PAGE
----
For example, consider a normal population with mean and variance . Assume we repeatedly take samples of a given size from this population and calculate the arithmetic mean for each sample – this statistic is called the sample mean. The distribution of these means, or averages, is called the "sampling distribution of the sample mean". This distribution is normal (n is the sample size) since the underlying population is normal, although sampling distributions may also often be close to normal even when the population distribution is not (see central limit theorem). An alternative to the sample mean is the sample median. When calculated from the same population, it has a different sampling distribution to that of the mean and is generally not normal (but it may be close for large sample sizes).

The mean of a sample from a population having a normal distribution is an example of a simple statistic taken from one of the simplest statistical populations. For other statistics and other populations the formulas are more complicated, and often they do not exist in closed-form. In such cases the sampling distributions may be approximated through Monte-Carlo simulations, [1] bootstrap methods, or asymptotic distribution theory.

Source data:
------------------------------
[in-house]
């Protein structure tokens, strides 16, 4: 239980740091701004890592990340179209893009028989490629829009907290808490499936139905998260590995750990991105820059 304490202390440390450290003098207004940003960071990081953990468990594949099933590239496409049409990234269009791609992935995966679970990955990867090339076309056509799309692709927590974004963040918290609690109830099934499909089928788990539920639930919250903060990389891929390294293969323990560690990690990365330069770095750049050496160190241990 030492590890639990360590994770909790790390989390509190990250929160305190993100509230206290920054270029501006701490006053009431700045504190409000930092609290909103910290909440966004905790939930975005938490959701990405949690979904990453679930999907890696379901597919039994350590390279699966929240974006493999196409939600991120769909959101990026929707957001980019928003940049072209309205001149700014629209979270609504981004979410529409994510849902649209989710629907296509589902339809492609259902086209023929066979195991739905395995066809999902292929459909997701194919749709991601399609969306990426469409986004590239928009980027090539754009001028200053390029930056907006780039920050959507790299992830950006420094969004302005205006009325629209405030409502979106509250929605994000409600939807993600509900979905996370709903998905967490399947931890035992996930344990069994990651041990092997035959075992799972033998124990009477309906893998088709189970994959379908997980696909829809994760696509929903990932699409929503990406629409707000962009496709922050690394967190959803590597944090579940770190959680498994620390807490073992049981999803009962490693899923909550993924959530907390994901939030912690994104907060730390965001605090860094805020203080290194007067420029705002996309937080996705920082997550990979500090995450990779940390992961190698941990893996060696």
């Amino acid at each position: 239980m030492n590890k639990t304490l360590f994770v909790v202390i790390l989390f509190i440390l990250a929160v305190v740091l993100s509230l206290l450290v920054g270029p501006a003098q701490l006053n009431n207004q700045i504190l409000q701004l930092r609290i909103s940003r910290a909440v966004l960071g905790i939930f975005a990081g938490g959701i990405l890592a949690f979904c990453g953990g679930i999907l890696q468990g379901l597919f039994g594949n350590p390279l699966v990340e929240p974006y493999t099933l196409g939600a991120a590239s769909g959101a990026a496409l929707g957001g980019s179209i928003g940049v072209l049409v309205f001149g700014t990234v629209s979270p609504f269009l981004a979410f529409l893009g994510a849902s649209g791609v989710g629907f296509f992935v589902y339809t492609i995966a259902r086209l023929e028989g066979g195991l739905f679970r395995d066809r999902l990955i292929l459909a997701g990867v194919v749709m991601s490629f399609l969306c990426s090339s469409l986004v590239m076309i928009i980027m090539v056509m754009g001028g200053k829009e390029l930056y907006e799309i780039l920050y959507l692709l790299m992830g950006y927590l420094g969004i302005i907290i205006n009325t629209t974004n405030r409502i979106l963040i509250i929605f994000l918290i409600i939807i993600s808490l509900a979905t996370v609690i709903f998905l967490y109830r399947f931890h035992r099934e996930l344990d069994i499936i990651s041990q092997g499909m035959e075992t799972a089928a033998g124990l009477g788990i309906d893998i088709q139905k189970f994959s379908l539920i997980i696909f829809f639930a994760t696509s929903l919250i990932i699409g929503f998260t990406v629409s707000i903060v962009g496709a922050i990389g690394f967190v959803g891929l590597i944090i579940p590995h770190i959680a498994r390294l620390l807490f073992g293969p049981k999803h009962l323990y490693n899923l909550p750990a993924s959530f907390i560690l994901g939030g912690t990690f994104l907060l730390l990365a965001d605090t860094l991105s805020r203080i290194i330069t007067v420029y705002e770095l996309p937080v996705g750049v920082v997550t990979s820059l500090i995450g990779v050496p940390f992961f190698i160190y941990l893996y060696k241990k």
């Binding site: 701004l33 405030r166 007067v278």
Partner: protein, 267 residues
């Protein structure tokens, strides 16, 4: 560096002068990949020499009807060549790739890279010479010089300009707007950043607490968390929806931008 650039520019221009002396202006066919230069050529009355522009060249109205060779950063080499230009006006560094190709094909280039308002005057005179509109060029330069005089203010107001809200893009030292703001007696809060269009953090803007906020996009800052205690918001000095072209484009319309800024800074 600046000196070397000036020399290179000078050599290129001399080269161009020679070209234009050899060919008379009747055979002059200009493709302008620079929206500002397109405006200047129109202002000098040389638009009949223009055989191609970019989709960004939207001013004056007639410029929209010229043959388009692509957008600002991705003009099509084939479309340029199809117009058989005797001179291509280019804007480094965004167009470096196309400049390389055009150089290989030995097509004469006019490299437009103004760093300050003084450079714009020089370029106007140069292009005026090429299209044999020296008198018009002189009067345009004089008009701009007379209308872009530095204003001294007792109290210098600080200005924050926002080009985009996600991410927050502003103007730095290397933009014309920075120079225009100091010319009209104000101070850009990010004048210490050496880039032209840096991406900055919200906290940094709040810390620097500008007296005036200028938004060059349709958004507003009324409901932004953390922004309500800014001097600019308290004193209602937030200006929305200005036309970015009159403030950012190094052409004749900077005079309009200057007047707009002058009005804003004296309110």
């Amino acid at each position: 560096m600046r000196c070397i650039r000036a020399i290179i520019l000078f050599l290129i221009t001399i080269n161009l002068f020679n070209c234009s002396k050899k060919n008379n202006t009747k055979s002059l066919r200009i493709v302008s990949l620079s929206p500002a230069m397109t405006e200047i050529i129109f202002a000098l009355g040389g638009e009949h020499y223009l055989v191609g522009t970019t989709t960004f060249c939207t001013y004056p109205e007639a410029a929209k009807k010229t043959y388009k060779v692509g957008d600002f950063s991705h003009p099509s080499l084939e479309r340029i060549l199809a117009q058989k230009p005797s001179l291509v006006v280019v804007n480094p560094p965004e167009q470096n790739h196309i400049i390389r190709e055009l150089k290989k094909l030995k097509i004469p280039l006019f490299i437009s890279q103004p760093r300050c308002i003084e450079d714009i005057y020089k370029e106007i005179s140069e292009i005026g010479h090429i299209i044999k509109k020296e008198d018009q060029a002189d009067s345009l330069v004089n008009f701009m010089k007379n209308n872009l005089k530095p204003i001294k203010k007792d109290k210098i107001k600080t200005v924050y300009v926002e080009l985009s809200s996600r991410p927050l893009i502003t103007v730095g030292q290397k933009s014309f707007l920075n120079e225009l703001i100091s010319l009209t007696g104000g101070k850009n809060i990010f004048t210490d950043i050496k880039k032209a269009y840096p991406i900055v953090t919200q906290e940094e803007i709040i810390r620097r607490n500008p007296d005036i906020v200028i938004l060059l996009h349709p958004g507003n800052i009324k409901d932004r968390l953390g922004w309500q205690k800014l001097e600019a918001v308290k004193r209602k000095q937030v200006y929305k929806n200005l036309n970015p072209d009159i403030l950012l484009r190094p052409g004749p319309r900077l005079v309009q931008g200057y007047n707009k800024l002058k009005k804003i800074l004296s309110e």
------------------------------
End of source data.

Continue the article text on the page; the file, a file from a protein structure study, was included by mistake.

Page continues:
Standard error

The standard deviation of the sampling distribution of a statistic is referred to as the standard error of that quantity. For the case where the statistic is the sample mean, and samples are uncorrelated, the standard error is:

where is the standard deviation of the population distribution of that quantity and is the sample size (number of items in the sample).

An important implication of this formula is that the sample size must be quadrupled (multiplied by 4) to achieve half (1/2) the measurement error. When designing statistical studies where cost is a factor, this may have a role in understanding cost–benefit tradeoffs.

For the case where the statistic is the sample total, and samples are uncorrelated, the standard error is:

where, again, is the standard deviation of the population distribution of that quantity and is the sample size (number of items in the sample).